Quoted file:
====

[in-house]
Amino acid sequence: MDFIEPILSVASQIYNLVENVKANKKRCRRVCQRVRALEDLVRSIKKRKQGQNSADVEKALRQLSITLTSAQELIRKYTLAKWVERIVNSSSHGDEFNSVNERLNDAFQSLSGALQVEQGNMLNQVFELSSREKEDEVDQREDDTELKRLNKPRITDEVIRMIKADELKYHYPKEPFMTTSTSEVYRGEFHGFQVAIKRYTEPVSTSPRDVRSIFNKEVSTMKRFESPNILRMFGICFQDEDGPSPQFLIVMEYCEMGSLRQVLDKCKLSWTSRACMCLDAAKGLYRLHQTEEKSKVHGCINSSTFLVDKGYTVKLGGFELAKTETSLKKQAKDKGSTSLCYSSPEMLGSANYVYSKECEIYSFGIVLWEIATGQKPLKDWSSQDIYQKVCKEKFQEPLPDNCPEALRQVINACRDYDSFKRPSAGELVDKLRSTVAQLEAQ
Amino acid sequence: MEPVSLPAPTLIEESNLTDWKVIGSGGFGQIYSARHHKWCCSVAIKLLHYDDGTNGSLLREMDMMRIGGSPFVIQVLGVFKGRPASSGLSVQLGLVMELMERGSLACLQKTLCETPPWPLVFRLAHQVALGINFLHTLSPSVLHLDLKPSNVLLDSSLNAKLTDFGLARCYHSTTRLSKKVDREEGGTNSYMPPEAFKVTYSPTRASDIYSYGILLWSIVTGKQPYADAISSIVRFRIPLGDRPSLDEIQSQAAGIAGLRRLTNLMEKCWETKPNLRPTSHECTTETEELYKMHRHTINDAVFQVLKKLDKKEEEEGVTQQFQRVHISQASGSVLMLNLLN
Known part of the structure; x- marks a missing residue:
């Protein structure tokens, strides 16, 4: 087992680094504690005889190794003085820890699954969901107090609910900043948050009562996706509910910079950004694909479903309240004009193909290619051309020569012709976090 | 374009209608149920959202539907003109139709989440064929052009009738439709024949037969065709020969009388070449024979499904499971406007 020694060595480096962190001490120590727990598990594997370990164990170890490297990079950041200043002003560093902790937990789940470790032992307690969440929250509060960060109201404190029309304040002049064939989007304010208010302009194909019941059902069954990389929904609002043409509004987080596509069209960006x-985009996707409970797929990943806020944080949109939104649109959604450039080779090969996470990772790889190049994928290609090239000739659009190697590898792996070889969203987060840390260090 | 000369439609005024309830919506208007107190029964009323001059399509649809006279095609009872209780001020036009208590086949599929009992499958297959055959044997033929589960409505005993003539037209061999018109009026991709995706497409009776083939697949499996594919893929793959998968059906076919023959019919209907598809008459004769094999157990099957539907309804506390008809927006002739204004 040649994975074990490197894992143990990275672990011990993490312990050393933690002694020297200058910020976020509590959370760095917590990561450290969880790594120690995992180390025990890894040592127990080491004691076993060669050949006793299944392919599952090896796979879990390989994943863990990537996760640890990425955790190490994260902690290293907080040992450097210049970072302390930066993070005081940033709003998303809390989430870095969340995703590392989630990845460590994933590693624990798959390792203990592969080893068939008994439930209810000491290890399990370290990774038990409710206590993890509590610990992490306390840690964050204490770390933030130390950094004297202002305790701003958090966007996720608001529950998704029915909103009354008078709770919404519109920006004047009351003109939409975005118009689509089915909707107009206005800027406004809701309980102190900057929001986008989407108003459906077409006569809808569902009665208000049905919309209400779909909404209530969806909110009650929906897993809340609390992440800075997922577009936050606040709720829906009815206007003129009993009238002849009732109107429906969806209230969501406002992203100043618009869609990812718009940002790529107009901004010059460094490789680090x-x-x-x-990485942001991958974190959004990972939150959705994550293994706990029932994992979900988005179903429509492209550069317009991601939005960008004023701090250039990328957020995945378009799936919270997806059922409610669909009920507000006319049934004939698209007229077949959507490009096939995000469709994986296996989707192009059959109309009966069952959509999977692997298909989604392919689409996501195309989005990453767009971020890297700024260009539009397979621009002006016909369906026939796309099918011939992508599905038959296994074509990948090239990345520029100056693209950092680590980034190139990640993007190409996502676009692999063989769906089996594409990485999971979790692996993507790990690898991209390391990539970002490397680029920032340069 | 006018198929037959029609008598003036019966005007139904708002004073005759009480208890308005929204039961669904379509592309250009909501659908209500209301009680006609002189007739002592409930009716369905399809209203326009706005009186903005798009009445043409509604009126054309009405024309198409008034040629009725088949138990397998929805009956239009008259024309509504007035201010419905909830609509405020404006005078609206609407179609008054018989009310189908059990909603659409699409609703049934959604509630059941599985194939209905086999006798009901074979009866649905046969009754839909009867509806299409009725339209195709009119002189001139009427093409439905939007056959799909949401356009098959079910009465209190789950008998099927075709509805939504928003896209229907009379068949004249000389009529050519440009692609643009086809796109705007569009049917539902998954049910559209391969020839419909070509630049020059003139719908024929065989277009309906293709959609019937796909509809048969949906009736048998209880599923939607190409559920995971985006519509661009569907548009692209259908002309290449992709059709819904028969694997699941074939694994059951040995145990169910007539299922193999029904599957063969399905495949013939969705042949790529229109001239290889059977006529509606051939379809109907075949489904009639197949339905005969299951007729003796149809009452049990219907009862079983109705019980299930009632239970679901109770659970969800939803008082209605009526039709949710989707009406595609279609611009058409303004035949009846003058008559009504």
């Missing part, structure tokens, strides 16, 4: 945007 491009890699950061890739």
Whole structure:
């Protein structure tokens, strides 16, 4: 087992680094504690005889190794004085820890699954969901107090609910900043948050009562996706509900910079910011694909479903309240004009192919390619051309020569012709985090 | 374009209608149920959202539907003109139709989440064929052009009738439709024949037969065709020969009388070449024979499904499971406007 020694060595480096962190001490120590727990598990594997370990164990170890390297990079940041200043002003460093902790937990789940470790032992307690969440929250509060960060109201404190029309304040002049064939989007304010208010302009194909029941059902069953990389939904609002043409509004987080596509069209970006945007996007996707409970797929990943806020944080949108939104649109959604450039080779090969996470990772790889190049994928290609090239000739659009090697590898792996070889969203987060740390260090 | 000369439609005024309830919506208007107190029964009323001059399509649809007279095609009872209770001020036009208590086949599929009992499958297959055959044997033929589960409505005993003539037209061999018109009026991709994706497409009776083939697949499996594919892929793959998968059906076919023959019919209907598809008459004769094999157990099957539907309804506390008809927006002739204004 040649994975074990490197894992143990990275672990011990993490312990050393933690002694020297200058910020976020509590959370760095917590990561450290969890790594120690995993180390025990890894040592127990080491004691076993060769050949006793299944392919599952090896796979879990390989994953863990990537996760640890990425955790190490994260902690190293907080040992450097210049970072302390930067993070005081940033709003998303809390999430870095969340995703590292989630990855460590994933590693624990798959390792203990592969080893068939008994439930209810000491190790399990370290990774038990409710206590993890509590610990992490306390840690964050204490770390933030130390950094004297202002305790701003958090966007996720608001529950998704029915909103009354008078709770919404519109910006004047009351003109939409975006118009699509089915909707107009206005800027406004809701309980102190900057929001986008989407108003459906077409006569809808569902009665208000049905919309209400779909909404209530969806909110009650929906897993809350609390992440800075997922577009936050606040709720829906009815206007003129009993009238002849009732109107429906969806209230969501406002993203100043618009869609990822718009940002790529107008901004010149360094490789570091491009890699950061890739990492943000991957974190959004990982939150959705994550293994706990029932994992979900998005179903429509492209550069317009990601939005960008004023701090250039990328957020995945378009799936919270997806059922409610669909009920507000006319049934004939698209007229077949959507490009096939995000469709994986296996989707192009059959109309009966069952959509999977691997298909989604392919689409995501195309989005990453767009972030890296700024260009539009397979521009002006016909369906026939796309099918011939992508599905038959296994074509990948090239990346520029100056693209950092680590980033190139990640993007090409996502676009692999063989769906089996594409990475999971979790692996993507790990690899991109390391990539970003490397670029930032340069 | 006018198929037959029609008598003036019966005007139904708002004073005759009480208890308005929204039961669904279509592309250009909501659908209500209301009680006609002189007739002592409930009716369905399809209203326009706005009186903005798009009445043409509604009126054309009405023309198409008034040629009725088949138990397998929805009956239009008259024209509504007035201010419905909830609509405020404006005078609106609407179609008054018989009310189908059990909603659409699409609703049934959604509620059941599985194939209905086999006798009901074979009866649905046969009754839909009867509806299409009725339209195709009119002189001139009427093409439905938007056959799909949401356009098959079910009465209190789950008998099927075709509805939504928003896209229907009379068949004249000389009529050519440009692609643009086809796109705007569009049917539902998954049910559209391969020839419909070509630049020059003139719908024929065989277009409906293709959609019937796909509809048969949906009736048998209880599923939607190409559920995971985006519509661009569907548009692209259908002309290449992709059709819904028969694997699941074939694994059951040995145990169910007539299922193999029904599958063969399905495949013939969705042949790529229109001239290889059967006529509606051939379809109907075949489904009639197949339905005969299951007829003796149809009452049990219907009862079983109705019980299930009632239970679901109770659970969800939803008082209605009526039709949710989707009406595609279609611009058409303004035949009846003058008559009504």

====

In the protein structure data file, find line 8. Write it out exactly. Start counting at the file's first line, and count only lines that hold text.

């Protein structure tokens, strides 16, 4: 087992680094504690005889190794004085820890699954969901107090609910900043948050009562996706509900910079910011694909479903309240004009192919390619051309020569012709985090 | 374009209608149920959202539907003109139709989440064929052009009738439709024949037969065709020969009388070449024979499904499971406007 020694060595480096962190001490120590727990598990594997370990164990170890390297990079940041200043002003460093902790937990789940470790032992307690969440929250509060960060109201404190029309304040002049064939989007304010208010302009194909029941059902069953990389939904609002043409509004987080596509069209970006945007996007996707409970797929990943806020944080949108939104649109959604450039080779090969996470990772790889190049994928290609090239000739659009090697590898792996070889969203987060740390260090 | 000369439609005024309830919506208007107190029964009323001059399509649809007279095609009872209770001020036009208590086949599929009992499958297959055959044997033929589960409505005993003539037209061999018109009026991709994706497409009776083939697949499996594919892929793959998968059906076919023959019919209907598809008459004769094999157990099957539907309804506390008809927006002739204004 040649994975074990490197894992143990990275672990011990993490312990050393933690002694020297200058910020976020509590959370760095917590990561450290969890790594120690995993180390025990890894040592127990080491004691076993060769050949006793299944392919599952090896796979879990390989994953863990990537996760640890990425955790190490994260902690190293907080040992450097210049970072302390930067993070005081940033709003998303809390999430870095969340995703590292989630990855460590994933590693624990798959390792203990592969080893068939008994439930209810000491190790399990370290990774038990409710206590993890509590610990992490306390840690964050204490770390933030130390950094004297202002305790701003958090966007996720608001529950998704029915909103009354008078709770919404519109910006004047009351003109939409975006118009699509089915909707107009206005800027406004809701309980102190900057929001986008989407108003459906077409006569809808569902009665208000049905919309209400779909909404209530969806909110009650929906897993809350609390992440800075997922577009936050606040709720829906009815206007003129009993009238002849009732109107429906969806209230969501406002993203100043618009869609990822718009940002790529107008901004010149360094490789570091491009890699950061890739990492943000991957974190959004990982939150959705994550293994706990029932994992979900998005179903429509492209550069317009990601939005960008004023701090250039990328957020995945378009799936919270997806059922409610669909009920507000006319049934004939698209007229077949959507490009096939995000469709994986296996989707192009059959109309009966069952959509999977691997298909989604392919689409995501195309989005990453767009972030890296700024260009539009397979521009002006016909369906026939796309099918011939992508599905038959296994074509990948090239990346520029100056693209950092680590980033190139990640993007090409996502676009692999063989769906089996594409990475999971979790692996993507790990690899991109390391990539970003490397670029930032340069 | 006018198929037959029609008598003036019966005007139904708002004073005759009480208890308005929204039961669904279509592309250009909501659908209500209301009680006609002189007739002592409930009716369905399809209203326009706005009186903005798009009445043409509604009126054309009405023309198409008034040629009725088949138990397998929805009956239009008259024209509504007035201010419905909830609509405020404006005078609106609407179609008054018989009310189908059990909603659409699409609703049934959604509620059941599985194939209905086999006798009901074979009866649905046969009754839909009867509806299409009725339209195709009119002189001139009427093409439905938007056959799909949401356009098959079910009465209190789950008998099927075709509805939504928003896209229907009379068949004249000389009529050519440009692609643009086809796109705007569009049917539902998954049910559209391969020839419909070509630049020059003139719908024929065989277009409906293709959609019937796909509809048969949906009736048998209880599923939607190409559920995971985006519509661009569907548009692209259908002309290449992709059709819904028969694997699941074939694994059951040995145990169910007539299922193999029904599958063969399905495949013939969705042949790529229109001239290889059967006529509606051939379809109907075949489904009639197949339905005969299951007829003796149809009452049990219907009862079983109705019980299930009632239970679901109770659970969800939803008082209605009526039709949710989707009406595609279609611009058409303004035949009846003058008559009504």